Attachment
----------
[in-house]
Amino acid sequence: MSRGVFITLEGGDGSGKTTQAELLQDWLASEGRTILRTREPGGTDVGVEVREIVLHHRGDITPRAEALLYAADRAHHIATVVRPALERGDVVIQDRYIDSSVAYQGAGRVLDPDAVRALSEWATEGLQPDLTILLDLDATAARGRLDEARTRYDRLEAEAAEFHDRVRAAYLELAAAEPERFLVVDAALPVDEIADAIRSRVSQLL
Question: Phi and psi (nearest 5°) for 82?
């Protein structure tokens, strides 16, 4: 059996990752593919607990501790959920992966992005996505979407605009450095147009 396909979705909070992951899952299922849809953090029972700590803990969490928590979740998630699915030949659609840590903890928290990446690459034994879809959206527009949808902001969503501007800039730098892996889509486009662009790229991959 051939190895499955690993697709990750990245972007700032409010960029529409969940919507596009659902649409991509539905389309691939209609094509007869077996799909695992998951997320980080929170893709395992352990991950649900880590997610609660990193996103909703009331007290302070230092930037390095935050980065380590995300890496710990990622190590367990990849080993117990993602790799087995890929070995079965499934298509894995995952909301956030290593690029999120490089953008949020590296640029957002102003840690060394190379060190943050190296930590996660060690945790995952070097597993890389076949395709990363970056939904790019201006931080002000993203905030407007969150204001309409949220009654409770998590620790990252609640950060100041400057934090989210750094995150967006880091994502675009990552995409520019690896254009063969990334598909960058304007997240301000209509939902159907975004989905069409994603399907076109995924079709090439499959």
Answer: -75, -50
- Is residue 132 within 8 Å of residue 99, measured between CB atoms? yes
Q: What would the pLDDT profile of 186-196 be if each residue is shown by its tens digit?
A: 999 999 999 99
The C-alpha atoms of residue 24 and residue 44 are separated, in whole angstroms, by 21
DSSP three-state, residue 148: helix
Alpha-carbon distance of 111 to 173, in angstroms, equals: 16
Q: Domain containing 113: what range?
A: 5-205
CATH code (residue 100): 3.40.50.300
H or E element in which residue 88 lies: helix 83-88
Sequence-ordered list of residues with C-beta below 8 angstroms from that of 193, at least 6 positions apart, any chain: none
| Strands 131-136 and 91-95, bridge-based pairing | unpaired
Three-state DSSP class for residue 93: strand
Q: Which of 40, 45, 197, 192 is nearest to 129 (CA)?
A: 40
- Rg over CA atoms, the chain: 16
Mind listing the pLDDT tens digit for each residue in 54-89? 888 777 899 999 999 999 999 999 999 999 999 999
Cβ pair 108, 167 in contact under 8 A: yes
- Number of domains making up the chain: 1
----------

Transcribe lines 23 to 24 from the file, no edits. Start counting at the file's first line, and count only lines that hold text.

Cβ pair 108, 167 in contact under 8 A: yes
- Number of domains making up the chain: 1